Hovering at the edge of my toes, I waited. And waited. And, sat down. And checked my phone. And waited. Old Faithful was late. The twenty minute window for the launch came, and it went. The sun was rapidly tilting away from the Earth, and within minutes we were going to lose our light. Now, truly nervous I willed for things to move it along, hopping up and pacing before returning to my seat. Finally the steam from the vent stopped, which was our cue. Leaping to my feet I hit all the on switches as water began to pour from Old Faithful, before suddenly leaping a few hundred feet into the air, dancing to the “oh’s” and “aw’s” of the tourists in attendance.
As the water slowed and then stopped, I packed up the gear, and started the haul back to the car. The gear that had felt so light an hour earlier suddenly weighed a ton. I pawned the slider and two tripods off on Alicia, and at least managed to keep myself upright on the way back.
We had initially decided to camp both nights in Yellowstone, but made the decision to spend our own money to try out staying in one of Park’s lodges for a night. We ended up deciding on Canyon because it was the side of the Park we need to be on the next day. Plus, I had a friend who once had worked a summer there and I wanted to see the place I had heard so much about.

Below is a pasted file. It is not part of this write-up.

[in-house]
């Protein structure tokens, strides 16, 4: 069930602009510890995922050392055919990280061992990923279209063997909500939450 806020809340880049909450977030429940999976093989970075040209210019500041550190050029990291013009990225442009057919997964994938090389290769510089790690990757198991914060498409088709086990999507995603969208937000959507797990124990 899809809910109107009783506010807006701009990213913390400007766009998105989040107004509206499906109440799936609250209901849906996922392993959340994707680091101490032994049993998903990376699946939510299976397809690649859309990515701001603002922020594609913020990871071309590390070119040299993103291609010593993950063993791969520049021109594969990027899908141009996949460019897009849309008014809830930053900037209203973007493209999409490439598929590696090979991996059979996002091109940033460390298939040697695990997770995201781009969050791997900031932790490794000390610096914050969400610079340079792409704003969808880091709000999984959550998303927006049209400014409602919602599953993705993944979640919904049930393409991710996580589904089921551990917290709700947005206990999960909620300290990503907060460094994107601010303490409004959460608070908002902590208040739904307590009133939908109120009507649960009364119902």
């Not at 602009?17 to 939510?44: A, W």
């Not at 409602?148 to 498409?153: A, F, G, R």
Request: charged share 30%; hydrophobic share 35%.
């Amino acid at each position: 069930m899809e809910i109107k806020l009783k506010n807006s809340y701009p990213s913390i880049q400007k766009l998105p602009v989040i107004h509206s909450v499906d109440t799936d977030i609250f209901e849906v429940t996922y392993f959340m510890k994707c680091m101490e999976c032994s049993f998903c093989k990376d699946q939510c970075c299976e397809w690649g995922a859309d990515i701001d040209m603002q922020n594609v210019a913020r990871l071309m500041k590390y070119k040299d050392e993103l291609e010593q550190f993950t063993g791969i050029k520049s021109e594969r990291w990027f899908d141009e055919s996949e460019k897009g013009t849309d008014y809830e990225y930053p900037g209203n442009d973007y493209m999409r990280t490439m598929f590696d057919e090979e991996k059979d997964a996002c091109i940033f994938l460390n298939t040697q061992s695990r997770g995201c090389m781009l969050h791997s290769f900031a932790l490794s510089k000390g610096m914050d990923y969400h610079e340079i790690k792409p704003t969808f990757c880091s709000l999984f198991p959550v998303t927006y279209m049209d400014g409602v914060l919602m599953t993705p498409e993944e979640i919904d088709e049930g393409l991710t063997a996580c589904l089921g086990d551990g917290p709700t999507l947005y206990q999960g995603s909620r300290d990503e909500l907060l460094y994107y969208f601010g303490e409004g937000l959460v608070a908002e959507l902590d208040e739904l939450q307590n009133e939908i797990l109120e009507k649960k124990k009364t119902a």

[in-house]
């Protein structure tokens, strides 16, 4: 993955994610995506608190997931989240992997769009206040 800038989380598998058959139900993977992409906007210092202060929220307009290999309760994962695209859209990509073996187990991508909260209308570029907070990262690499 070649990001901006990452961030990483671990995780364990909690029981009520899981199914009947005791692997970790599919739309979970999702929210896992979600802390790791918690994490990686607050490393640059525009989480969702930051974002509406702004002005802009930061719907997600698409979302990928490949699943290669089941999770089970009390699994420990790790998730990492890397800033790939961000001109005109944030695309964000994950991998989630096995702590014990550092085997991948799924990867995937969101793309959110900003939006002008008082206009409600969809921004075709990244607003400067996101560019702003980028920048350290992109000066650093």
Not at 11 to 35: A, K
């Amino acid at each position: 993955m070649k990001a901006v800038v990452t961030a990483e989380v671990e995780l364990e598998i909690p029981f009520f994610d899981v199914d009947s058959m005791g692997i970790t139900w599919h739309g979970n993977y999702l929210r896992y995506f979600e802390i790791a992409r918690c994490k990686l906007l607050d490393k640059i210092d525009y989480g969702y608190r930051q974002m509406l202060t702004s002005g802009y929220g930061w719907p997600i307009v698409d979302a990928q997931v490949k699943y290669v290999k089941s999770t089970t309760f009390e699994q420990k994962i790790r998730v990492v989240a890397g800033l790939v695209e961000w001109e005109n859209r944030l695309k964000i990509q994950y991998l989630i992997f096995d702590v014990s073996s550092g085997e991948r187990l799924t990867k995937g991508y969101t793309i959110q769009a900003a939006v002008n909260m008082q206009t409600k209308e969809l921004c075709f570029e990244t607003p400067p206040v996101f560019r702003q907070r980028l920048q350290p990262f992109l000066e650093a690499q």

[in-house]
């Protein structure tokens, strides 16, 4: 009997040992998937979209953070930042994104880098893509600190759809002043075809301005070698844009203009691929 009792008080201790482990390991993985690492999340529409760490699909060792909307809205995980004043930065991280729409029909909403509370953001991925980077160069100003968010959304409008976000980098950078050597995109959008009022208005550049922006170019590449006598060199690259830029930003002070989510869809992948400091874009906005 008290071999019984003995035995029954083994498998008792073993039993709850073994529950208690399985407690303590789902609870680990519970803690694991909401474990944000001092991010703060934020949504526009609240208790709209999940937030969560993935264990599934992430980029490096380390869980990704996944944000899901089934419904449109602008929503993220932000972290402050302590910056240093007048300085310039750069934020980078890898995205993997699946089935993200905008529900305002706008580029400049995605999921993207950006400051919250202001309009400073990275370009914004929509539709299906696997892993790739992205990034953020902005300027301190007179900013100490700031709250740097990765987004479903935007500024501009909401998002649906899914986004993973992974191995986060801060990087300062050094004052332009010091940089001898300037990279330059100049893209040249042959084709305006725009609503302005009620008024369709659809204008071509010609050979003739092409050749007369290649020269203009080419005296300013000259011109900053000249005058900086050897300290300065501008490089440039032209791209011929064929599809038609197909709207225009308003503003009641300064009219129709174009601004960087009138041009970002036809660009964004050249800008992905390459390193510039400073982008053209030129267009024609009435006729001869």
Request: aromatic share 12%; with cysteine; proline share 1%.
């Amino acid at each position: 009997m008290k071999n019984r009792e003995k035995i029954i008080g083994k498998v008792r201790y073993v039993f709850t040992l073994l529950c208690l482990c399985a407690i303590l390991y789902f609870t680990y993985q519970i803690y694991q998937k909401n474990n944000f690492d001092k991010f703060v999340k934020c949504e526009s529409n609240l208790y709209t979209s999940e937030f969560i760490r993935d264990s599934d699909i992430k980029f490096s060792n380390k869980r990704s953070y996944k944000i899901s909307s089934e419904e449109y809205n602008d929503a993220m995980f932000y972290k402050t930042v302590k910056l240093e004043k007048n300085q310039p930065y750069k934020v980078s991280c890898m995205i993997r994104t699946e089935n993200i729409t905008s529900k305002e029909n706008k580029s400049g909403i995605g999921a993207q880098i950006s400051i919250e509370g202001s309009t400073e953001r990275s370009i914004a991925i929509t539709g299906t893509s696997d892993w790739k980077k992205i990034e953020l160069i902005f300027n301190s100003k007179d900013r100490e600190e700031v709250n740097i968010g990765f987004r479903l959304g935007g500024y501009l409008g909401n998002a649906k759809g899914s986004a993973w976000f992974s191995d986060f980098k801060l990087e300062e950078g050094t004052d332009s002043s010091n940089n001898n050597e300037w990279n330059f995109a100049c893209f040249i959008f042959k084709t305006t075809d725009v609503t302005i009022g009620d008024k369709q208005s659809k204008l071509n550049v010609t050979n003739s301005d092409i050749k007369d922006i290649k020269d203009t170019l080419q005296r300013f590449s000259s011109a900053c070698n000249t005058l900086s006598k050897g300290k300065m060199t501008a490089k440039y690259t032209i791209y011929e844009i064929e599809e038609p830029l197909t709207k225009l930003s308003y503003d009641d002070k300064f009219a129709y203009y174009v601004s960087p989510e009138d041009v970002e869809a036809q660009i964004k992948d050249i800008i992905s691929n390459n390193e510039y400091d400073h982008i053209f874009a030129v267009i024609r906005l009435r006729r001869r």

We headed out from Old Faithful and decided to use our hour of twilight to go the long way round to Canyon. This meant we got to see a blood red full moon rise itself over Lake Yellowstone, the elk with the largest antlers I had ever seen not ten feet from the car and the Continental Divide. We definitely yelled and pointed at the Divide sign. Yes, Alicia and I may be geeks.
Canyon was built in the ’60s and therefor does not look like what you would expect a pricey lodge to look like. Mainly, it looks like it was built in the ’60s, and is not in a style in keeping with the woods around it. I’m not going to sugar coat it: The main building is butt ugly. But, the little cabins you actually stay in are so darling you want to live there forever. Add to that the fact that the whole complex is a ten minute walk from the Grand Canyon of Yellowstone, and we thought we had a pretty good deal.
When Alicia and I arrived, we got ourselves the last room at the inn. It was late, and we were starving. Even Alicia, which is saying a mighty big thing (that girl’s appetite is bizarre). We made a fast pit-stop at our cabin to drop off gear and darted back to the main lodge.
And that’s when I smelled it: Wildfire.
I ran up to the front desk, where I was told there were currently no less then three fires in the park, one not to far from us in fact. As mentioned before, I am not good with wildfire, but as everyone else acted about as worked up as if I had asked the weather report, I tried to be calm and headed into dinner. The food reminded me strongly of what I ate at Girl Scout camps many years ago, but improved by the fact I was now allowed wine with it.
The food and wine did the trick, and with the aid of a wind blowing the smoke away and clean air into our cabin and I got the first good night of sleep on the trip.